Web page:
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Congressman Tom MacArthur

Representing the 3rd District of New Jersey

Congressman MacArthur Introduces Bipartisan Legislation to Help Adolescents Struggling with Addiction

December 8, 2017
Press Release

WASHINGTON, D.C. – Today, Republican Chairman of the Bipartisan Heroin Task Force Congressman Tom MacArthur (R-NJ) and Congresswoman Elizabeth Esty (D-CT) introduced the College Loan Deferment for Recovery Act. This bill would allow borrowers enrolled in a substance abuse treatment program to defer payments on public student loans, while actively receiving treatment without interest accruing during the deferment period.

 

“The opioid epidemic continues to destroy communities across the United States, and in many cases, young Americans transitioning to adulthood are the most heavily impacted by this crisis,” said Congressman MacArthur. “This bipartisan bill will allow young adults to focus on treatment and overcoming addiction without having to worry about the financial burden of student loans. Young Americans, who are on the road to recovery, should have financial peace of mind while receiving life-saving treatment for addiction.”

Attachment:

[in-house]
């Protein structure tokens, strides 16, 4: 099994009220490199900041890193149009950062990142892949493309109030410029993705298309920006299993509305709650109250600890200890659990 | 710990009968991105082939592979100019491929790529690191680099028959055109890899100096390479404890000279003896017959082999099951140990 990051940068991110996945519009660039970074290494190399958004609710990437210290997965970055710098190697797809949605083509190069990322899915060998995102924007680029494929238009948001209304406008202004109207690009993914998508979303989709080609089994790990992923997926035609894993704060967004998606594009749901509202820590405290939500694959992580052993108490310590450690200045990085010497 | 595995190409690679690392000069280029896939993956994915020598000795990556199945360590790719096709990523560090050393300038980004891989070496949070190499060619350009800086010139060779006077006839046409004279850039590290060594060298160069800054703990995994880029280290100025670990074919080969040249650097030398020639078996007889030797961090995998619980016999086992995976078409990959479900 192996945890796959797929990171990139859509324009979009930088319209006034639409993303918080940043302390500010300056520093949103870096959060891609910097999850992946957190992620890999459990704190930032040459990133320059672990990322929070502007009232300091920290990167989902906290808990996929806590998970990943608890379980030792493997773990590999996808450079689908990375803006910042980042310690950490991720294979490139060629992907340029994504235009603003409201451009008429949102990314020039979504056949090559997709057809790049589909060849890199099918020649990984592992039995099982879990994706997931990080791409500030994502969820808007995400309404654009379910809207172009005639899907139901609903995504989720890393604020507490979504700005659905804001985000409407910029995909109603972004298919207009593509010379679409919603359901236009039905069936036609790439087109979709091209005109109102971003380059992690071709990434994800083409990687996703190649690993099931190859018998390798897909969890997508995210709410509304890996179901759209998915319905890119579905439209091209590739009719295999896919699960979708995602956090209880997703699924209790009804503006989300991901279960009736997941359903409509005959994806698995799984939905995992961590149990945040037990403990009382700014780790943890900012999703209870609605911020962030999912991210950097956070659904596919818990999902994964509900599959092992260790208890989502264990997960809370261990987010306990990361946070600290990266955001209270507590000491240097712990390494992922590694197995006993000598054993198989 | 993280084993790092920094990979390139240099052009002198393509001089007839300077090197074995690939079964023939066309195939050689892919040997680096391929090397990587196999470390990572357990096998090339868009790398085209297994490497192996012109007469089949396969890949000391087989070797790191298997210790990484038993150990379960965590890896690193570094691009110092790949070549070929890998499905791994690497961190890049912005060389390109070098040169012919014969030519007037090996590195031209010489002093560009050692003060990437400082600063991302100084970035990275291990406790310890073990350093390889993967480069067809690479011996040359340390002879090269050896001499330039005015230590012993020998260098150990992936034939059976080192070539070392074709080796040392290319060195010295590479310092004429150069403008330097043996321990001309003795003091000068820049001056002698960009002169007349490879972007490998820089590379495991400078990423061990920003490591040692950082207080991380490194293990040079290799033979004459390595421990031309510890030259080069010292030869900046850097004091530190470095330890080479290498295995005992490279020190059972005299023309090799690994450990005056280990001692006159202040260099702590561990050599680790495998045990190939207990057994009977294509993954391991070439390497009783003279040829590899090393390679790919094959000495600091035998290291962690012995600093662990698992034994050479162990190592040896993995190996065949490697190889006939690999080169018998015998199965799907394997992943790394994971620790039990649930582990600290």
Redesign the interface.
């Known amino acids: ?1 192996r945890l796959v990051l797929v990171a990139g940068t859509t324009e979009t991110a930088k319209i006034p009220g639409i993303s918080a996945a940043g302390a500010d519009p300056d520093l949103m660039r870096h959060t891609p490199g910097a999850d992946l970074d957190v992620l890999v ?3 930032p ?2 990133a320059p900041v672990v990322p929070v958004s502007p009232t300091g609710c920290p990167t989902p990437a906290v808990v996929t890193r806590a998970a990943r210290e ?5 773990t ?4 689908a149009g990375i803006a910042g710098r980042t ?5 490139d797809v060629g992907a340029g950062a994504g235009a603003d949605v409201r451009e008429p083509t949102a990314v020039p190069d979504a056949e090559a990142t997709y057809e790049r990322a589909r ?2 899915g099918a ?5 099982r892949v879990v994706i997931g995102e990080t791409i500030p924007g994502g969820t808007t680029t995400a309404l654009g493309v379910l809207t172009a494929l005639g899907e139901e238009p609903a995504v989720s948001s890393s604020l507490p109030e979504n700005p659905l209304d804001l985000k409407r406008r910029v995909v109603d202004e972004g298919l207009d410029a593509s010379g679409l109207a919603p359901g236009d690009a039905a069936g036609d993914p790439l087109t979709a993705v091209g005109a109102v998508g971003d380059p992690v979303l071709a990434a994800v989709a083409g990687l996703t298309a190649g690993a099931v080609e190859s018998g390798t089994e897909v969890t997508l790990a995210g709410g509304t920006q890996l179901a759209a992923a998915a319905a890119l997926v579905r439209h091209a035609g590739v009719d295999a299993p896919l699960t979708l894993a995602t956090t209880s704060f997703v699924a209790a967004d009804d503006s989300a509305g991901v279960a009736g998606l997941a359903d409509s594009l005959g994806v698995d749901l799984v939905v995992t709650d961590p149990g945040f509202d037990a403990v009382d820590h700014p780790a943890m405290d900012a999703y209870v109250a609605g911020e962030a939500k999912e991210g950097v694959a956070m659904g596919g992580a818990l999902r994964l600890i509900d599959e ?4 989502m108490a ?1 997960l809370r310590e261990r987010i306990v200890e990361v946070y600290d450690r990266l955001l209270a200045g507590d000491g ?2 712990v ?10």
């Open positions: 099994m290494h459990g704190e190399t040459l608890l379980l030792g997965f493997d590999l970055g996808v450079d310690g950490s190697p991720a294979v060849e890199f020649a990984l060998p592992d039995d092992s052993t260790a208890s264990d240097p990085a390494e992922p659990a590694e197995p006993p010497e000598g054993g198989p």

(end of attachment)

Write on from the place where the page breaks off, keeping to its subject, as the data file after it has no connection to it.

“Families shouldn’t have to choose between seeking treatment for their loved ones struggling with opioid addiction and paying the bills,” Congresswomen Esty said. “The pain of helping a family member seek treatment and recover is difficult enough; no one should have to tell their son or daughter that the family can’t afford to treat their child. By allowing Americans to defer student loan payments while receiving state-approved treatment, this bill will be a small step forward in our efforts to combat the opioid crisis and repair families. Like Congressman MacArthur, I’m committed to working across party lines to ensure that we heal everyone we can.”

 

 “Congressman MacArthur should be commended for his wanting to help persons in recovery in a very meaningful & measurable way,” said James P. Curtin, President  & Chief Executive Officer of Daytop New Jersey. “All too often financial pressure can act as a relapse trigger. This relief, while someone is actively engaged in treatment, will go a long way in supporting someone’s path to recovery.”

 

“One in ten.  The percentage of people suffering with a substance use disorder who get the treatment they so desperately need is nothing short of tragic.  The legislation proposed by Representatives Esty and MacArthur removes a substantial barrier to that treatment.  Fully committing to an effective recovery program optimizes the chance that a young person can change the trajectory of their life -  the lasting outcomes to that investment are enormous,” said Maria Coutant Skinner from the McCall Center for Behavioral Health in Torrington, CT.